Cutting Through the Clutter: “ReadQuick” with Clayton Morris

Recently, I had a chance to speak with Clayton Morris, a co-host of Fox & Friends Weekend and a frequent contributor on all things technology-related to the Fox News Channel. Sometimes, he is able to toss some stories in there about another passion of his, the paranormal! He also is the co-creator of the speed-reading app Read Quick for the iOS, an app that allows users to quickly consume their daily reading list, getting all the information they need without wasting the entire day in the process. We discussed how he has built his brand and used it to influence the success of his app, what reading quickly means to those in news media, and how the technology works to allow any user to become a speed reader.

When asked what he would define to be his personal brand, Clayton paused, and remembered what Fox had told him when he was hired. “They toldCutting Through the Clutter: “ReadQuick” with Clayton Morris image claytonmorrisCutting Through the Clutter: “ReadQuick” with Clayton Morris me to just be myself. I have a great job because I am able to play with technology on the air, or talk about the paranormal or a UFO sighting, which some people would think is crazy, but I love it.” The idea of being yourself I think is a key to having a happy and healthy career. It isn’t so much that you are always loving what you are doing, or are super-passionate about it. Of course, in this case he seems to be, and that is a plus. But if you can be the same person you are at work as you are at home, it takes away a lot of stress and anxiety that comes with “playing the part.” Clayton is able to fill a void for Fox by not pretending to be someone else, and that will resonate with viewers.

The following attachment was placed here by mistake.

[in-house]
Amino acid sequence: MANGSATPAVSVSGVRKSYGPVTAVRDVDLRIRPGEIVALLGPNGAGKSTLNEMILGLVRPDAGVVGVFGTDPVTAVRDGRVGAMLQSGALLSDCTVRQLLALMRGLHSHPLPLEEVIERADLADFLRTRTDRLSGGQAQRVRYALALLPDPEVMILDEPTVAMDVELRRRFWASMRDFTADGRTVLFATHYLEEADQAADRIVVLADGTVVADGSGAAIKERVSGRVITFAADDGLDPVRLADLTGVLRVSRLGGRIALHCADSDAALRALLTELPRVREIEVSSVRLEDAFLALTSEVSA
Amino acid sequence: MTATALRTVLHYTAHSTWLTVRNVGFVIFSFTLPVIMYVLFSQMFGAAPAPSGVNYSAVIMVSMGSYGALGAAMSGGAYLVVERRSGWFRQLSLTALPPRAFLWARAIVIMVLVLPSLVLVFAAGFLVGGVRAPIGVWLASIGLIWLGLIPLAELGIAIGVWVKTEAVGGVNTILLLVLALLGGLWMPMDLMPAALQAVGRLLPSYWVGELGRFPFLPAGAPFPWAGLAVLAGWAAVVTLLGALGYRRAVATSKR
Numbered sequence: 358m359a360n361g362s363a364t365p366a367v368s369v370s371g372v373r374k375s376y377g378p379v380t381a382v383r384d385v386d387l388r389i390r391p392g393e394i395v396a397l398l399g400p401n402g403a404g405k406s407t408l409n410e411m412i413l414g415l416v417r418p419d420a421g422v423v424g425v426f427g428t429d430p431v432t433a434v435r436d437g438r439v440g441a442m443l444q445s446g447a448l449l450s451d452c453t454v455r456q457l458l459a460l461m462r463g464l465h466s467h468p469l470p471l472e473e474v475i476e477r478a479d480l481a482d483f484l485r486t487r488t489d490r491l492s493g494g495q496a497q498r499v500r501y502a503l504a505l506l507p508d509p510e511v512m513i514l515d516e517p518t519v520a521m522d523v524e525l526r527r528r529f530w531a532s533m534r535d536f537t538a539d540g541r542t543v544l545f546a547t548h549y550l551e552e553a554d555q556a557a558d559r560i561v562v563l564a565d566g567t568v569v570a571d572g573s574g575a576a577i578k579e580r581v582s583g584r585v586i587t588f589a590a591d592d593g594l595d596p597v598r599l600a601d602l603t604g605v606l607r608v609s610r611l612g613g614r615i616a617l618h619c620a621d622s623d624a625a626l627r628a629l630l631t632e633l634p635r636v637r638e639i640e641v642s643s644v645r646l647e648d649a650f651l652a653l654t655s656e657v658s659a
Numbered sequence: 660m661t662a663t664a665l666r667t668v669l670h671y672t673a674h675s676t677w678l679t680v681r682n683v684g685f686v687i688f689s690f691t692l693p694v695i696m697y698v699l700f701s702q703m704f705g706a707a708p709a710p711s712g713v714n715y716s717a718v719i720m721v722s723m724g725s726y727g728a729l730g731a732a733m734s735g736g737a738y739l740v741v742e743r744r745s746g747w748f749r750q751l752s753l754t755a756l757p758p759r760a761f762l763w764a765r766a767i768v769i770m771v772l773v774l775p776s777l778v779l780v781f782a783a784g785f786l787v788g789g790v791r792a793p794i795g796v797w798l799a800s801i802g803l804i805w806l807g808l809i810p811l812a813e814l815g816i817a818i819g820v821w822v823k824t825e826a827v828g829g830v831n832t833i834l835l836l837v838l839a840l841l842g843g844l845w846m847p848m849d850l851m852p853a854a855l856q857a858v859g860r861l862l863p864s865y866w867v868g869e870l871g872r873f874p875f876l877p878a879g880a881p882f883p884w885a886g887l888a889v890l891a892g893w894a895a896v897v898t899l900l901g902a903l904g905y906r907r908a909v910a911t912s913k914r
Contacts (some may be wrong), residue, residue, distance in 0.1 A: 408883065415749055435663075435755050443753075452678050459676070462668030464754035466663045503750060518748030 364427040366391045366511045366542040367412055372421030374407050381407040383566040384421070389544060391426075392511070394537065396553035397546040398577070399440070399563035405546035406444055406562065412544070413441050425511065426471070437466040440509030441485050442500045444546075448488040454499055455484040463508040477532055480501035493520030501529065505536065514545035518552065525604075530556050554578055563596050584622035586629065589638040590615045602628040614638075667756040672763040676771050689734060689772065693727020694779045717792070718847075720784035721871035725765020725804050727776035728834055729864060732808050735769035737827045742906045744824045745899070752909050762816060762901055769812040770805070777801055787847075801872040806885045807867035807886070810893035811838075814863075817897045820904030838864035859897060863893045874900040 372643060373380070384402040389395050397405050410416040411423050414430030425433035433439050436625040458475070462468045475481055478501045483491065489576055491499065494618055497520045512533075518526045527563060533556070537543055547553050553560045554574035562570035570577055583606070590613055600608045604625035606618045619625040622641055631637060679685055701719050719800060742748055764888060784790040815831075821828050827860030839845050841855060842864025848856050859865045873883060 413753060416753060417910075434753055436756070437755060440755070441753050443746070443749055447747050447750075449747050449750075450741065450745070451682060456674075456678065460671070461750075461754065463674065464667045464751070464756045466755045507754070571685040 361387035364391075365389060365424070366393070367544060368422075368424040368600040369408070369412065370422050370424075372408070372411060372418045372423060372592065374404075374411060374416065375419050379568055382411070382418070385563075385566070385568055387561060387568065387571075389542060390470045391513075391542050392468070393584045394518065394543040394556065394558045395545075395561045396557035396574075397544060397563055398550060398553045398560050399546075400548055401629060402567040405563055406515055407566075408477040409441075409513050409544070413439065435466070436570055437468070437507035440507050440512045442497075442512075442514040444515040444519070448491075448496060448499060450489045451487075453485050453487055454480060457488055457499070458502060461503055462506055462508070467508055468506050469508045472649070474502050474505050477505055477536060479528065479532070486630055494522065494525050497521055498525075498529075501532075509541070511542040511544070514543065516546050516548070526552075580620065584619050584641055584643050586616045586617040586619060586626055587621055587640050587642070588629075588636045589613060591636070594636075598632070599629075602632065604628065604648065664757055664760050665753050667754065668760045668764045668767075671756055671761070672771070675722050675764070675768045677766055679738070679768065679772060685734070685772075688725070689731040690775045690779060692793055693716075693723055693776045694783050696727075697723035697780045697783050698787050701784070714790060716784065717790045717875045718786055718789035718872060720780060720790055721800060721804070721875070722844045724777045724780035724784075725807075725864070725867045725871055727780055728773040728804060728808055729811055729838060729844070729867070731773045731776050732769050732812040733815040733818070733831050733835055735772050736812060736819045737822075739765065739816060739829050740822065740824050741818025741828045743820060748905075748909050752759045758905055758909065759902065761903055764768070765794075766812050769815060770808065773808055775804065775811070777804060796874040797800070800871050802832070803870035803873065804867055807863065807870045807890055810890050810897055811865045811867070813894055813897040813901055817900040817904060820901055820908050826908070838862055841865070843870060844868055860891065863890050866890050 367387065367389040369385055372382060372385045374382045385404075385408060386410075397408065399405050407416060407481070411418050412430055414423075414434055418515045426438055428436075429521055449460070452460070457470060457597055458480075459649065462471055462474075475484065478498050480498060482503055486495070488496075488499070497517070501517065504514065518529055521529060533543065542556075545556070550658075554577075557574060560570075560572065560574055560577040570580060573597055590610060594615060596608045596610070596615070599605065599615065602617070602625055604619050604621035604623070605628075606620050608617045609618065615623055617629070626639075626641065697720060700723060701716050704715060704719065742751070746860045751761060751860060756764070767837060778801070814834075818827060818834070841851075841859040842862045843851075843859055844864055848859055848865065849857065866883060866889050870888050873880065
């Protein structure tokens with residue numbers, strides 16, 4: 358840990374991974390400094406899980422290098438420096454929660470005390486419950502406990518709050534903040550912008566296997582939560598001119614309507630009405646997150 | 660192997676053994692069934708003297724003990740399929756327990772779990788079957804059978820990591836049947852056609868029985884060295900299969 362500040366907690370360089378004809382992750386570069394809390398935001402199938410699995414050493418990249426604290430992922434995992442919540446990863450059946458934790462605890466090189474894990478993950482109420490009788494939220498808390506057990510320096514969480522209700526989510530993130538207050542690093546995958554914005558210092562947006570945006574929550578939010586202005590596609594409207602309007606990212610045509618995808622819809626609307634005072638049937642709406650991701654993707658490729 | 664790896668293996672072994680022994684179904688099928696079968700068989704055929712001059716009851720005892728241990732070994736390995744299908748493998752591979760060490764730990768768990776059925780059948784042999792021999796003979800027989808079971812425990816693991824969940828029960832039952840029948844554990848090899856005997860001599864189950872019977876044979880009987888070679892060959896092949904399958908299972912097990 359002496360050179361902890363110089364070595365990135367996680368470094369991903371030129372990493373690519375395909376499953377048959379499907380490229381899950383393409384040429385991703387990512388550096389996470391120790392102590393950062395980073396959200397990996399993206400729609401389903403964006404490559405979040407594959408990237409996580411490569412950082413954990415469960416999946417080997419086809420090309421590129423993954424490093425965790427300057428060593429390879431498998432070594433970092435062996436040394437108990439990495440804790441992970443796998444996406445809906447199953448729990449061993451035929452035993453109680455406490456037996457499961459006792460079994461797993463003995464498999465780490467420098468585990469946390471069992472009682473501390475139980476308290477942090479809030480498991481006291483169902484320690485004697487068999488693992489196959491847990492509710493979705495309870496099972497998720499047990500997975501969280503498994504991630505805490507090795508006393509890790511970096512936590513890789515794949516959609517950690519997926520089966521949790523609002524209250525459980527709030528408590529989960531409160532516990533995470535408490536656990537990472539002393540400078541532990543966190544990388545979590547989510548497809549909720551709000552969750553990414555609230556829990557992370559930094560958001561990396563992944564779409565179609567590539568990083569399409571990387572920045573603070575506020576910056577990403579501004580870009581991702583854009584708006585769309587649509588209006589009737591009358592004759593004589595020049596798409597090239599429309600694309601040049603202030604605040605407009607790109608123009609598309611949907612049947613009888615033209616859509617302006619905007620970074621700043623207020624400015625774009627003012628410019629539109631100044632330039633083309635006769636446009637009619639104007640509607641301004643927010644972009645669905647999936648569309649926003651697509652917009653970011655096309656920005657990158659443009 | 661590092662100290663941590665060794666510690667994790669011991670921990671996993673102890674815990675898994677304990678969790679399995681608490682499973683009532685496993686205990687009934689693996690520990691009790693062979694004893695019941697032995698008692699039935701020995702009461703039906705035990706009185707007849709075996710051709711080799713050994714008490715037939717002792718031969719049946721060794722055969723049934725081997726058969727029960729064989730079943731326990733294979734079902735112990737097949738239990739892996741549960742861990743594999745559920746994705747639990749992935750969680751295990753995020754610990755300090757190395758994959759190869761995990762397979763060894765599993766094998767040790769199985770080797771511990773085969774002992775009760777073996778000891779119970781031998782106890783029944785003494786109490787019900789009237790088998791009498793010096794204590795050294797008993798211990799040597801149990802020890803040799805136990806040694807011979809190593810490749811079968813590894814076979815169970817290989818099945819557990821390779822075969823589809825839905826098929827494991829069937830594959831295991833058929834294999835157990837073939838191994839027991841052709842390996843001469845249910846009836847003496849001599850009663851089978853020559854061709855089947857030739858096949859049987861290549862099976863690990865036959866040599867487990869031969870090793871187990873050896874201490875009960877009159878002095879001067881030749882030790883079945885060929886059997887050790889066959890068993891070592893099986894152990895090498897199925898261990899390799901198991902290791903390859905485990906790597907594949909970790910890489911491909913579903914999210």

Aside from his on-air persona, Clayton is the co-creator of a very hot app for the iPhone and iPad called Read Quick, which gives users the ability to, well… read quickly. Clayton has admittedly been obsessed with the idea of speed-reading since he was very young, and becoming a broadcast journalist certainly exacerbated that passion. In my experience interviewing other reporters like Brian Kilmeade (Fox News) and Ali Velshi (CNN, now Al Jazeera US), one of the most interesting issues is how they are able to stay up to date on everything that is going on in the world. Usually, the answer has to do with having a great research team supporting them, and specific alerts set up catering to the topics they primarily focus on. However, in today’s world of hyper connectivity and innovation, especially in Clayton’s focus area of technology, it is literally impossible to keep up with everything that is going on. Which made the concept of Read Quick particularly appealing to him and his team. “The app allows you to read the news, one word at a time, blazing-fast. So an article that would take you an hour to read, you can get through in under 10 minutes. It is extremely useful for my job.”

The way the app works is as follows:

Cutting Through the Clutter: “ReadQuick” with Clayton Morris image ReadQuick 229x300Cutting Through the Clutter: “ReadQuick” with Clayton Morris

You can sign in with whatever news source you want, so you can go to Fox News for example (free plug for you there Clayton!)

Thanks to Clayton for taking the time to share it with me, and to share his own experiences. I look forward to watching his continued success from afar. You can get the Read Quick app on the iPhone and iPad for $4.99, which as Clayton points out, goes to support a team of developers that have created it and continue to improve its performance. and open a news story in Read Quick. The app will then present the article to you one word at a time at an extremely fast rate. It does this so that your brain can focus on the topic at hand, and not get sidetracked by all of the extra nonsense that comes when reading an article, such as banner ads, or images, or email, or other tabs you may have open. And there is a science to it. Research shows that your comprehension rate goes up significantly when consuming information in this way, because your brain sees the words as photographs, and the app is able to get rid of the clutter so you can focus. If you are someone who has a need to consume massive amounts of information quickly, which is pretty much all of us, this app is certainly worth checking out.

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